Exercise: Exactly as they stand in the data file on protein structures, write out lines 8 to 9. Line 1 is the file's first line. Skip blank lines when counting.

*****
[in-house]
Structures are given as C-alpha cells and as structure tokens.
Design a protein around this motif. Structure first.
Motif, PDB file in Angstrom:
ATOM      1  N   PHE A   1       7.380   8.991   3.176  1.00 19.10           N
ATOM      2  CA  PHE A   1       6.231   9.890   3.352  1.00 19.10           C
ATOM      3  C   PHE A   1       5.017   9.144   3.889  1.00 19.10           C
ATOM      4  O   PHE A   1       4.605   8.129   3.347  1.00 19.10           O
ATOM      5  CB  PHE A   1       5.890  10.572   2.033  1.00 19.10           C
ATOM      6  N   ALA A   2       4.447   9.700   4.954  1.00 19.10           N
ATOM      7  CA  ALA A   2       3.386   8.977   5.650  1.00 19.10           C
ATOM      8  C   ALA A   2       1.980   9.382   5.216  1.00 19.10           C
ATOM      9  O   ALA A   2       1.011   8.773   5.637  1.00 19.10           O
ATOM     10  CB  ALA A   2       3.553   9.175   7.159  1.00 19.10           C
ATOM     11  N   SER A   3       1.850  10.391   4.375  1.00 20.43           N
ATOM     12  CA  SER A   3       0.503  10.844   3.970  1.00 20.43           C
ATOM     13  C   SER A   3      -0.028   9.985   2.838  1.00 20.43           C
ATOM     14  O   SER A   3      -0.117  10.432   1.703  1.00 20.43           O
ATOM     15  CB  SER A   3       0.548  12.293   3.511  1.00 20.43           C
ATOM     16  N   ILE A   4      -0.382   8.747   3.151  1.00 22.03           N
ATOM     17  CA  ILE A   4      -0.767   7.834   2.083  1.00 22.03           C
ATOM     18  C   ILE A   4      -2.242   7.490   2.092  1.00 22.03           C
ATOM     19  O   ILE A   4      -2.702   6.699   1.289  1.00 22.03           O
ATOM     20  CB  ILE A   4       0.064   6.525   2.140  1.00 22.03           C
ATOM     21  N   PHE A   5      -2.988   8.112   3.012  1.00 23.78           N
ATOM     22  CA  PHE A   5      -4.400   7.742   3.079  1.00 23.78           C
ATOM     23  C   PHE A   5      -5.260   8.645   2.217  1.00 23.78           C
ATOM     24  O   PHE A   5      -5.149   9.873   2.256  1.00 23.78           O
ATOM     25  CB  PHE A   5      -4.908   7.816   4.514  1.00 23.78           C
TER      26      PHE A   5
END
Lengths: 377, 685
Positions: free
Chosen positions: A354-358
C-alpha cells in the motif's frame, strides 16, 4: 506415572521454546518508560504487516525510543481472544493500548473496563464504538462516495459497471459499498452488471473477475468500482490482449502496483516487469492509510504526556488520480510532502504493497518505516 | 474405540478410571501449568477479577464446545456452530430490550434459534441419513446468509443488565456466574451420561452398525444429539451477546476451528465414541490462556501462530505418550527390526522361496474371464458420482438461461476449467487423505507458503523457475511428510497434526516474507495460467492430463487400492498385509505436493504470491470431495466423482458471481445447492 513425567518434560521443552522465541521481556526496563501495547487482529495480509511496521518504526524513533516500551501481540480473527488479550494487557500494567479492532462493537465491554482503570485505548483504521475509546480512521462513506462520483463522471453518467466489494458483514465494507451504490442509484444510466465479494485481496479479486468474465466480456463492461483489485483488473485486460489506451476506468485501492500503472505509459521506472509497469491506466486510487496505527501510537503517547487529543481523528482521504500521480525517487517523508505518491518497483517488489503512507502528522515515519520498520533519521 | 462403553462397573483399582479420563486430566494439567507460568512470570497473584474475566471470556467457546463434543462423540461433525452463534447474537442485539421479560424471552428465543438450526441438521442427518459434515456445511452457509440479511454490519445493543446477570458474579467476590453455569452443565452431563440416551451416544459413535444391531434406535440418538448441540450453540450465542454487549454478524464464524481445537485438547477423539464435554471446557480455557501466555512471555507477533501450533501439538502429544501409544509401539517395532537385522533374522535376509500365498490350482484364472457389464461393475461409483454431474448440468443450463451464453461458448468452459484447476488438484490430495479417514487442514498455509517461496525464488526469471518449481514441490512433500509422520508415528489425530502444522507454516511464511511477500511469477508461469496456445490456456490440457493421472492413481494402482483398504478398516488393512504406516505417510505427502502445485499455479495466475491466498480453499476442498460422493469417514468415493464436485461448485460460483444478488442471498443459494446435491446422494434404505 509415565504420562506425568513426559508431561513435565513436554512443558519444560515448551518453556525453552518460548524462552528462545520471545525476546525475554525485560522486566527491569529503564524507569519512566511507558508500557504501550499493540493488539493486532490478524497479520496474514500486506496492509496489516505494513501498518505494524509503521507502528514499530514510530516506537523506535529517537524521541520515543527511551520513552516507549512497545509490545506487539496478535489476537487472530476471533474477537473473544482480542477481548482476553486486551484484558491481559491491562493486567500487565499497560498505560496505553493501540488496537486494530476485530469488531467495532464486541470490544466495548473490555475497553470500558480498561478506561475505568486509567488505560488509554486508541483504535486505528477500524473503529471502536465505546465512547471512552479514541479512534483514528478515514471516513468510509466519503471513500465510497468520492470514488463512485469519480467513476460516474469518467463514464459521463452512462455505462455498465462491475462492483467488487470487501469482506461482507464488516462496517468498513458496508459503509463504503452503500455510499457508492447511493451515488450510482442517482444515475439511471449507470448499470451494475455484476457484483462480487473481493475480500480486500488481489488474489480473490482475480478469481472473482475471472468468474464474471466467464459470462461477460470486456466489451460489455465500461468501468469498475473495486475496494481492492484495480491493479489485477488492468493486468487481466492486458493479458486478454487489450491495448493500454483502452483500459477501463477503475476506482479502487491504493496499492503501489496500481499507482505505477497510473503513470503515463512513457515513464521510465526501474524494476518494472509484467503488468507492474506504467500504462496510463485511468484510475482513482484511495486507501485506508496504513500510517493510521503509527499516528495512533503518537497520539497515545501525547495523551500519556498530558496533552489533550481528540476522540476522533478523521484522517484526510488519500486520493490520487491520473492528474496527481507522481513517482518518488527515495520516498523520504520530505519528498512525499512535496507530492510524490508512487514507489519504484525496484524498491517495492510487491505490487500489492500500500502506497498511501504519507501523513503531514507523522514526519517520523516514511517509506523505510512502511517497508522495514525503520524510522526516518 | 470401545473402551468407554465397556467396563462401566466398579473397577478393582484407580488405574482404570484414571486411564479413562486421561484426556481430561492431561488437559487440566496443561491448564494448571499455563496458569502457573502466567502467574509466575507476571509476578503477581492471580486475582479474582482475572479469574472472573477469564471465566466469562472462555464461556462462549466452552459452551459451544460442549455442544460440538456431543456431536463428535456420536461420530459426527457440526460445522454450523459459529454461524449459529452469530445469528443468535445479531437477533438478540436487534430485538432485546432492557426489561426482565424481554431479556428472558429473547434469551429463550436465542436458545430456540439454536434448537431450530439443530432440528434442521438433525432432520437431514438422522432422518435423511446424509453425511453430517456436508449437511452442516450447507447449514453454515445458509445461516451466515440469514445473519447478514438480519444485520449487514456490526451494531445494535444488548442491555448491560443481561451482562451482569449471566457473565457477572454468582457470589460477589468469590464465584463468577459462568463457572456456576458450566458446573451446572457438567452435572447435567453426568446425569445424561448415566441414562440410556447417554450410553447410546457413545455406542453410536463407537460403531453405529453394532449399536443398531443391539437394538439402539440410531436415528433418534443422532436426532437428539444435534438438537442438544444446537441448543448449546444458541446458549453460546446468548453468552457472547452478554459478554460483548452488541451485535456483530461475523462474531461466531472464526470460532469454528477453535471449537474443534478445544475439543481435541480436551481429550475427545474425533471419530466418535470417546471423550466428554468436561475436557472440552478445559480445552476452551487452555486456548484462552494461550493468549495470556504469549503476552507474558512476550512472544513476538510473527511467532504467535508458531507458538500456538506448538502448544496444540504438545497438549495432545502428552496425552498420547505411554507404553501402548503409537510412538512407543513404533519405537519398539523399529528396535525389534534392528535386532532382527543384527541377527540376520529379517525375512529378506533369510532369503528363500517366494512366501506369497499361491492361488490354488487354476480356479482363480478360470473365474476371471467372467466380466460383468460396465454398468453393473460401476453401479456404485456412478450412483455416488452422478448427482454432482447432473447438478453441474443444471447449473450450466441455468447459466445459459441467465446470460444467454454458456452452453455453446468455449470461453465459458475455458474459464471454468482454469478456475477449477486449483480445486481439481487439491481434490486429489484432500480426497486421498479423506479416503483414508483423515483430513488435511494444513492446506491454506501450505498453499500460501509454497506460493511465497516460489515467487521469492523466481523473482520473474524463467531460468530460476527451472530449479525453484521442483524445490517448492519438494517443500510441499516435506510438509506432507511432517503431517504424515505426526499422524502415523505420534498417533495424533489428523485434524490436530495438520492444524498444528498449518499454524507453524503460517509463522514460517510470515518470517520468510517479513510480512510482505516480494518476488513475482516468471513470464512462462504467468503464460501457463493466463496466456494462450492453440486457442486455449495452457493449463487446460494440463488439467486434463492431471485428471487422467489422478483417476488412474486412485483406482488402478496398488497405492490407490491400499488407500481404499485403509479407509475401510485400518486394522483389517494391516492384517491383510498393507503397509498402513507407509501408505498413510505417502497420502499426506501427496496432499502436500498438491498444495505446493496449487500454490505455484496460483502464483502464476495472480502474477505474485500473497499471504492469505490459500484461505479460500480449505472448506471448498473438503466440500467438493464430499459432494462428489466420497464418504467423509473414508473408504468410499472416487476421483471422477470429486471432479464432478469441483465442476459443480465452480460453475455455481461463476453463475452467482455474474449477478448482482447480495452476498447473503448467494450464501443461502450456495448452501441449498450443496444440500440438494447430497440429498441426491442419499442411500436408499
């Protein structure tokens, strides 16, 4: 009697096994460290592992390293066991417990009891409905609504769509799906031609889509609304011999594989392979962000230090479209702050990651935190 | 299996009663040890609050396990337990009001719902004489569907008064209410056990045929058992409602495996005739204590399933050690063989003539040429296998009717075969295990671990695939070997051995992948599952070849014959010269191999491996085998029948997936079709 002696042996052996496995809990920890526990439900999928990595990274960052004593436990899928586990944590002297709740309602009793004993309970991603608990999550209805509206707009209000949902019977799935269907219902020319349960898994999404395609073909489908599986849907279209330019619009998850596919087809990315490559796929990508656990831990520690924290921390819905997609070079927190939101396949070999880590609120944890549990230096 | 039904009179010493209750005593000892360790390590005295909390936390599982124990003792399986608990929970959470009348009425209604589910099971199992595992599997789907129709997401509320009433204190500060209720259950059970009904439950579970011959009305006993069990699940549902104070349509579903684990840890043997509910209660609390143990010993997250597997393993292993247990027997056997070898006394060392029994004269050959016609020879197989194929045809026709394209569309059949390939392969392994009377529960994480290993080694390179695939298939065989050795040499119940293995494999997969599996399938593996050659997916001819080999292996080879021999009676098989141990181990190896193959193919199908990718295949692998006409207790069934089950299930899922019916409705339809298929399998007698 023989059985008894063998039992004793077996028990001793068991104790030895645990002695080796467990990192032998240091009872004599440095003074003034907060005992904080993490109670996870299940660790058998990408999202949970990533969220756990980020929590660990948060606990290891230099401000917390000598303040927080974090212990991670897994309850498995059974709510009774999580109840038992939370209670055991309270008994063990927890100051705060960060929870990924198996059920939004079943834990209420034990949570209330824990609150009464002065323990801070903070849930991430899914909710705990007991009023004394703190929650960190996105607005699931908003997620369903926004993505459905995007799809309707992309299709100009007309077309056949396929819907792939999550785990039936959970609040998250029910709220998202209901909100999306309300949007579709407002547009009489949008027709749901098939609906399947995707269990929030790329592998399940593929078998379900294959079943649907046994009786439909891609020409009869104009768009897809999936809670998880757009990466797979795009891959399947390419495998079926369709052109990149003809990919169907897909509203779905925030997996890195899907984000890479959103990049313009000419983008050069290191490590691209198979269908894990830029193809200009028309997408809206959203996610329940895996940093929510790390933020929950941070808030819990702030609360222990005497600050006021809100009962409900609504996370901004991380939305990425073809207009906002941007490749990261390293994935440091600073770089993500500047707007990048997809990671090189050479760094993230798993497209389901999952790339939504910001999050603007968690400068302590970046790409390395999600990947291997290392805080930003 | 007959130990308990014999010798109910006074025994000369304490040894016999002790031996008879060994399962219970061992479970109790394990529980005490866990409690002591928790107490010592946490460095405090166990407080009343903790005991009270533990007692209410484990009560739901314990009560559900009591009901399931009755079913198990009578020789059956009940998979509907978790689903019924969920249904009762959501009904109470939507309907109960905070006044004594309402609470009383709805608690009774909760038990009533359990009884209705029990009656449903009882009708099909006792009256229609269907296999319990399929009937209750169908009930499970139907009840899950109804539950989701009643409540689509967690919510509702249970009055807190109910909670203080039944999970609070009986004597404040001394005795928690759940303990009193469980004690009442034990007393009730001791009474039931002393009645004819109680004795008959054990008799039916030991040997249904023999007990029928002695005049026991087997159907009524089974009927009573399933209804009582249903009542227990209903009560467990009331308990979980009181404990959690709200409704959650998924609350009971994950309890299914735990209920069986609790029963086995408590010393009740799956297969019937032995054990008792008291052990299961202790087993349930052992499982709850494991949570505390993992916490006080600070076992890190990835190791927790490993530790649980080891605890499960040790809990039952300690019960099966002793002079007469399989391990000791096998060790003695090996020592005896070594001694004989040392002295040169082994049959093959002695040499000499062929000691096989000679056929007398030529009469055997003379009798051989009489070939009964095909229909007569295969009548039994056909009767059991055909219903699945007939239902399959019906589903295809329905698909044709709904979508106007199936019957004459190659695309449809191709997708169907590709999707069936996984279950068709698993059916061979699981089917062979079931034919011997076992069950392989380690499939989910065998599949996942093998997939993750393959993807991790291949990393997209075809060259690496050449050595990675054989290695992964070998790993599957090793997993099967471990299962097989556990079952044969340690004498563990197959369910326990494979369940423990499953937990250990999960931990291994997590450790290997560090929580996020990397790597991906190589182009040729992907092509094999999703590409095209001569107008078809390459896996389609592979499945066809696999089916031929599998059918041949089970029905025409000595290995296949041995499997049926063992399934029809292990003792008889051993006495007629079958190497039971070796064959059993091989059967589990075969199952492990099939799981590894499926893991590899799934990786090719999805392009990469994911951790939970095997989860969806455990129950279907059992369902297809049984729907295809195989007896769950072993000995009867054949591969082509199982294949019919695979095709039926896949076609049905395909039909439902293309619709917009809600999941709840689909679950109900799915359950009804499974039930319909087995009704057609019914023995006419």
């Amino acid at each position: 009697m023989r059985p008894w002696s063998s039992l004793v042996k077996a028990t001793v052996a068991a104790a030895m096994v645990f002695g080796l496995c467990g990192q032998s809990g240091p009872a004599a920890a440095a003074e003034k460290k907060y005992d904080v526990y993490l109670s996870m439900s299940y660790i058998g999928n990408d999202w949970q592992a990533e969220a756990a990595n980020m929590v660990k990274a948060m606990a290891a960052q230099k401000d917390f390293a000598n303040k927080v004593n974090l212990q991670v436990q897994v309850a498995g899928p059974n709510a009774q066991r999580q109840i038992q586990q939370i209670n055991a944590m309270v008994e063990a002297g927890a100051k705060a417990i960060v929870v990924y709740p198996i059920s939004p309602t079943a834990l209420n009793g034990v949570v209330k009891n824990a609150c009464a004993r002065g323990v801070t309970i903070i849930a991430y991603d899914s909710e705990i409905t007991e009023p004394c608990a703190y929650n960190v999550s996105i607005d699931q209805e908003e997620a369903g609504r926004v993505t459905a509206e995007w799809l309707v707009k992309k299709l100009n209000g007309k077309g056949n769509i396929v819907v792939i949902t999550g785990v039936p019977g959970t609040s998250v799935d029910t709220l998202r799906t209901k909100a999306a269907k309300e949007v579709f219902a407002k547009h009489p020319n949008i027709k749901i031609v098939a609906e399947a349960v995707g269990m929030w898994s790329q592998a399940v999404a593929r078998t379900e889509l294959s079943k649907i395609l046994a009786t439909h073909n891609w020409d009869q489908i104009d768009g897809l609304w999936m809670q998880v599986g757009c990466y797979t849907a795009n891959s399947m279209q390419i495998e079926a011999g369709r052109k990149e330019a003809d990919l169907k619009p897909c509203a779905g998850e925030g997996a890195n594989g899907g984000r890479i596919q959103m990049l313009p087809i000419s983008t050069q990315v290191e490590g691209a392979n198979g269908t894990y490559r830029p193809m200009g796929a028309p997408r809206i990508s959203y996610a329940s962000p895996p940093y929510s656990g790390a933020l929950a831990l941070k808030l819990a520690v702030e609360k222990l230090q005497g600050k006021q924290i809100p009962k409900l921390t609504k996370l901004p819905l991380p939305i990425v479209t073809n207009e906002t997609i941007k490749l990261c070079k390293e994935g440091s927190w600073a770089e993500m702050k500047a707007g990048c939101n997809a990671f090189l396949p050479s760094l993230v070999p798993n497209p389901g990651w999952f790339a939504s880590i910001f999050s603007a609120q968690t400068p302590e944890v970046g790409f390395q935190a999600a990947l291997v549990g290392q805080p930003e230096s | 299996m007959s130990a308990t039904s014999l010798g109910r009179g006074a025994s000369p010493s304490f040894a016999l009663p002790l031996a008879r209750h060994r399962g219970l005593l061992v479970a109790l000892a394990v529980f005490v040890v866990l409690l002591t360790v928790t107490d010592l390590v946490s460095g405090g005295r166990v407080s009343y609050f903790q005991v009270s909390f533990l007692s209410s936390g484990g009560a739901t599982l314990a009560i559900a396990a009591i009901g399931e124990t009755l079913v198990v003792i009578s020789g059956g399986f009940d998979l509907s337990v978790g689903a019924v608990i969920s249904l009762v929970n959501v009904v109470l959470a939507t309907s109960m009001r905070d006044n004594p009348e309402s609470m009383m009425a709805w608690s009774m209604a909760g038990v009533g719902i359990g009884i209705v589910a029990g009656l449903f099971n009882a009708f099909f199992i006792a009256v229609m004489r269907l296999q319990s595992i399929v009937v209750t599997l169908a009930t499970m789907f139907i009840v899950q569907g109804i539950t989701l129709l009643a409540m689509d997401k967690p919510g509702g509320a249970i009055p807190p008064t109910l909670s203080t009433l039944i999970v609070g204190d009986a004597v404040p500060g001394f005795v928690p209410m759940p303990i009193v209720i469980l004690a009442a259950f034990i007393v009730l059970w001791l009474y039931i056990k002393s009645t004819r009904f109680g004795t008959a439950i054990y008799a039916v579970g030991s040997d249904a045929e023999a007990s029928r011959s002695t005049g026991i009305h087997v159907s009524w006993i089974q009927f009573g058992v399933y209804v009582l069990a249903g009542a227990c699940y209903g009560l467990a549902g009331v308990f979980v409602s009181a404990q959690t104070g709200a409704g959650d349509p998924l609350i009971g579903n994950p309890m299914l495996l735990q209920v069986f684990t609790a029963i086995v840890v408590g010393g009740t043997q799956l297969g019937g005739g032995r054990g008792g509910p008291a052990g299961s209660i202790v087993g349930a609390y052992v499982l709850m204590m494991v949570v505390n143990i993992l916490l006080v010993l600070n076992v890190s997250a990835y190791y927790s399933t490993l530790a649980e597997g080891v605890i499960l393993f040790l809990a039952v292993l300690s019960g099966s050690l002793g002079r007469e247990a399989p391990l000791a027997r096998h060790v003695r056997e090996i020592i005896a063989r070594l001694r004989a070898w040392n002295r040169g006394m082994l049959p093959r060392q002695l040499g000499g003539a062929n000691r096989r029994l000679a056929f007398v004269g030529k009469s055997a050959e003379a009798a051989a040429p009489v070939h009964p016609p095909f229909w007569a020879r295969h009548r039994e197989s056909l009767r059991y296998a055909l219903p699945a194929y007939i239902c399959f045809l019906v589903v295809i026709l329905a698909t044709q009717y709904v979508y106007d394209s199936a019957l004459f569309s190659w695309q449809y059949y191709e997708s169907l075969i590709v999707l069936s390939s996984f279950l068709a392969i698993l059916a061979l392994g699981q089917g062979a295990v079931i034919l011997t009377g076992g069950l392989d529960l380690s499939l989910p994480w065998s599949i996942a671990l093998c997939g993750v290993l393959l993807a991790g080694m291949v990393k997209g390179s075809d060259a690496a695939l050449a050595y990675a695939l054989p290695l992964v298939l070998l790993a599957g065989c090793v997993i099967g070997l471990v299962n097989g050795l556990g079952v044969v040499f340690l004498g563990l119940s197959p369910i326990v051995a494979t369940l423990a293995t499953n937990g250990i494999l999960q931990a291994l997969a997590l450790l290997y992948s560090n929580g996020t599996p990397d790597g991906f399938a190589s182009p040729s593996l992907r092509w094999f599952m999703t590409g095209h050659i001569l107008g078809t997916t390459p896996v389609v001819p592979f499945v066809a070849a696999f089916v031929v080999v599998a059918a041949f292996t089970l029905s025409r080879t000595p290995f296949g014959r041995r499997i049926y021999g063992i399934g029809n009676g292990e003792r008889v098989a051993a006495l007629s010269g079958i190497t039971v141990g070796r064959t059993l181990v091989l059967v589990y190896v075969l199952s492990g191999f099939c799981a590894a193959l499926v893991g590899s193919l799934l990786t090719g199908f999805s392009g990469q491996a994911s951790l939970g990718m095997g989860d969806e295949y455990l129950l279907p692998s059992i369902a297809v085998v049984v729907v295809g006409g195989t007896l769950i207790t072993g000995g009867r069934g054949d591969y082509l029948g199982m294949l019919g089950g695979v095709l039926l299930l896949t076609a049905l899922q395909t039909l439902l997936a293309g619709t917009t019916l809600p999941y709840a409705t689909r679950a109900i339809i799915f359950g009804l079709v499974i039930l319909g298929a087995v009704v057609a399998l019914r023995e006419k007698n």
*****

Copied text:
ATOM      4  O   PHE A   1       4.605   8.129   3.347  1.00 19.10           O
ATOM      5  CB  PHE A   1       5.890  10.572   2.033  1.00 19.10           C